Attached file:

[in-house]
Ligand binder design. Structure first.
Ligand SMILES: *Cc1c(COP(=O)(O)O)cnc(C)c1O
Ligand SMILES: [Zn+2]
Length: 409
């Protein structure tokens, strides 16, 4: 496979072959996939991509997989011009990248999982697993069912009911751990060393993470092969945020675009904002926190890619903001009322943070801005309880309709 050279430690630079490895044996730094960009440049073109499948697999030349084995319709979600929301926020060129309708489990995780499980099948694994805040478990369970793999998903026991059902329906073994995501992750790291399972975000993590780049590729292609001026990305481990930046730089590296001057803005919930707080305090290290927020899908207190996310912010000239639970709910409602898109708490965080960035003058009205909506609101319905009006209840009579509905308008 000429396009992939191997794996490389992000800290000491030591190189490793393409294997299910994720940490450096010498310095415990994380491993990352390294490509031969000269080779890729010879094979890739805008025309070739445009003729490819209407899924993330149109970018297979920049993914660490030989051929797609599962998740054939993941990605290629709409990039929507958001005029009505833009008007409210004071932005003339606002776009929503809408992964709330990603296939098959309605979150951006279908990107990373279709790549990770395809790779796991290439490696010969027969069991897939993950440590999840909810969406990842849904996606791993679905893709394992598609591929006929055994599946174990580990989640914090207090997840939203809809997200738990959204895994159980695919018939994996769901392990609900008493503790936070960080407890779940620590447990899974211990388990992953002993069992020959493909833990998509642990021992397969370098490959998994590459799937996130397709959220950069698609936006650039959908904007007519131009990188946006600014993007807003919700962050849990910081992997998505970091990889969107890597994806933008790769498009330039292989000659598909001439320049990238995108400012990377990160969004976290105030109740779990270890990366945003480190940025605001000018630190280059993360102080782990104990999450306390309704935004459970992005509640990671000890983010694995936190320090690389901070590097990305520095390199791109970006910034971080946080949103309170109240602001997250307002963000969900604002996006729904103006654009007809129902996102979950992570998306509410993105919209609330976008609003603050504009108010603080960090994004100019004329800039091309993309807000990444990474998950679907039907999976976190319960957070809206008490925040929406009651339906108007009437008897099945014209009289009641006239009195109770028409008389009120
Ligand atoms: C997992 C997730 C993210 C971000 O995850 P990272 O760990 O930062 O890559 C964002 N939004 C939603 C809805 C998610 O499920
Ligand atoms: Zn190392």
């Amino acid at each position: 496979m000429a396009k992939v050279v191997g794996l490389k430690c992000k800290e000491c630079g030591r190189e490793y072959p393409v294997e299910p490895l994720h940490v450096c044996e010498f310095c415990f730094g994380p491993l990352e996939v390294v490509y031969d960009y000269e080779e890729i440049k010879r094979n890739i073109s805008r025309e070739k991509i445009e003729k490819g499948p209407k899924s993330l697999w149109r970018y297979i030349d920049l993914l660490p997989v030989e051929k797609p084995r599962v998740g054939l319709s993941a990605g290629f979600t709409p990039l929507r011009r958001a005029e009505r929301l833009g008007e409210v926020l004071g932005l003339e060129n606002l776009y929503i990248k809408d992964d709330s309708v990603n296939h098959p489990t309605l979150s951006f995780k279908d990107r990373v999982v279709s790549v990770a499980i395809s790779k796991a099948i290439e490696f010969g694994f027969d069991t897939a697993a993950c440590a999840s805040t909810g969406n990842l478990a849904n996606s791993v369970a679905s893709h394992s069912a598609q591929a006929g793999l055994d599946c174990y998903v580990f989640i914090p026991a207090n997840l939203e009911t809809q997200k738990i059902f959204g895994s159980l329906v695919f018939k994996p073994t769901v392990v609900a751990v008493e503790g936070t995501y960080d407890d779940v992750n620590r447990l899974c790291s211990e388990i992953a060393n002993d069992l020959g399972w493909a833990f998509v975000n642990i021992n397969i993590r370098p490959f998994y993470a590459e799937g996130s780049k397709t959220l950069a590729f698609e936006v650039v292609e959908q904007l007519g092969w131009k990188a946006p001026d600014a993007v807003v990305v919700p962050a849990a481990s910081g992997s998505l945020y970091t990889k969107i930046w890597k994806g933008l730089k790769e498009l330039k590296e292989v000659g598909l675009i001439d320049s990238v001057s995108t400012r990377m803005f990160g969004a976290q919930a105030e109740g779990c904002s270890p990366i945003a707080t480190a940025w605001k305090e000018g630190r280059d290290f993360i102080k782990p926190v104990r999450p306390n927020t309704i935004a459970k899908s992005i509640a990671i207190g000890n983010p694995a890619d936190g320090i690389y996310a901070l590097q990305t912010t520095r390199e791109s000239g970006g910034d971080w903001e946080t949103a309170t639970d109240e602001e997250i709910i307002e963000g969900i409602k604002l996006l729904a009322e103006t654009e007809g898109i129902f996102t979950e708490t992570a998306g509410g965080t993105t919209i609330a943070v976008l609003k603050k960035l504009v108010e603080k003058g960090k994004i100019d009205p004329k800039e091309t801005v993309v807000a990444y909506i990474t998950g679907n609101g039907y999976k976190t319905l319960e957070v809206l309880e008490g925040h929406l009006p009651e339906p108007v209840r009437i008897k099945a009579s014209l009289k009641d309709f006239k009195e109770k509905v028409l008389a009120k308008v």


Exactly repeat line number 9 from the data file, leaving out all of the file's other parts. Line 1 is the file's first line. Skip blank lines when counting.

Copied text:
């Amino acid at each position: 496979m000429a396009k992939v050279v191997g794996l490389k430690c992000k800290e000491c630079g030591r190189e490793y072959p393409v294997e299910p490895l994720h940490v450096c044996e010498f310095c415990f730094g994380p491993l990352e996939v390294v490509y031969d960009y000269e080779e890729i440049k010879r094979n890739i073109s805008r025309e070739k991509i445009e003729k490819g499948p209407k899924s993330l697999w149109r970018y297979i030349d920049l993914l660490p997989v030989e051929k797609p084995r599962v998740g054939l319709s993941a990605g290629f979600t709409p990039l929507r011009r958001a005029e009505r929301l833009g008007e409210v926020l004071g932005l003339e060129n606002l776009y929503i990248k809408d992964d709330s309708v990603n296939h098959p489990t309605l979150s951006f995780k279908d990107r990373v999982v279709s790549v990770a499980i395809s790779k796991a099948i290439e490696f010969g694994f027969d069991t897939a697993a993950c440590a999840s805040t909810g969406n990842l478990a849904n996606s791993v369970a679905s893709h394992s069912a598609q591929a006929g793999l055994d599946c174990y998903v580990f989640i914090p026991a207090n997840l939203e009911t809809q997200k738990i059902f959204g895994s159980l329906v695919f018939k994996p073994t769901v392990v609900a751990v008493e503790g936070t995501y960080d407890d779940v992750n620590r447990l899974c790291s211990e388990i992953a060393n002993d069992l020959g399972w493909a833990f998509v975000n642990i021992n397969i993590r370098p490959f998994y993470a590459e799937g996130s780049k397709t959220l950069a590729f698609e936006v650039v292609e959908q904007l007519g092969w131009k990188a946006p001026d600014a993007v807003v990305v919700p962050a849990a481990s910081g992997s998505l945020y970091t990889k969107i930046w890597k994806g933008l730089k790769e498009l330039k590296e292989v000659g598909l675009i001439d320049s990238v001057s995108t400012r990377m803005f990160g969004a976290q919930a105030e109740g779990c904002s270890p990366i945003a707080t480190a940025w605001k305090e000018g630190r280059d290290f993360i102080k782990p926190v104990r999450p306390n927020t309704i935004a459970k899908s992005i509640a990671i207190g000890n983010p694995a890619d936190g320090i690389y996310a901070l590097q990305t912010t520095r390199e791109s000239g970006g910034d971080w903001e946080t949103a309170t639970d109240e602001e997250i709910i307002e963000g969900i409602k604002l996006l729904a009322e103006t654009e007809g898109i129902f996102t979950e708490t992570a998306g509410g965080t993105t919209i609330a943070v976008l609003k603050k960035l504009v108010e603080k003058g960090k994004i100019d009205p004329k800039e091309t801005v993309v807000a990444y909506i990474t998950g679907n609101g039907y999976k976190t319905l319960e957070v809206l309880e008490g925040h929406l009006p009651e339906p108007v209840r009437i008897k099945a009579s014209l009289k009641d309709f006239k009195e109770k509905v028409l008389a009120k308008v």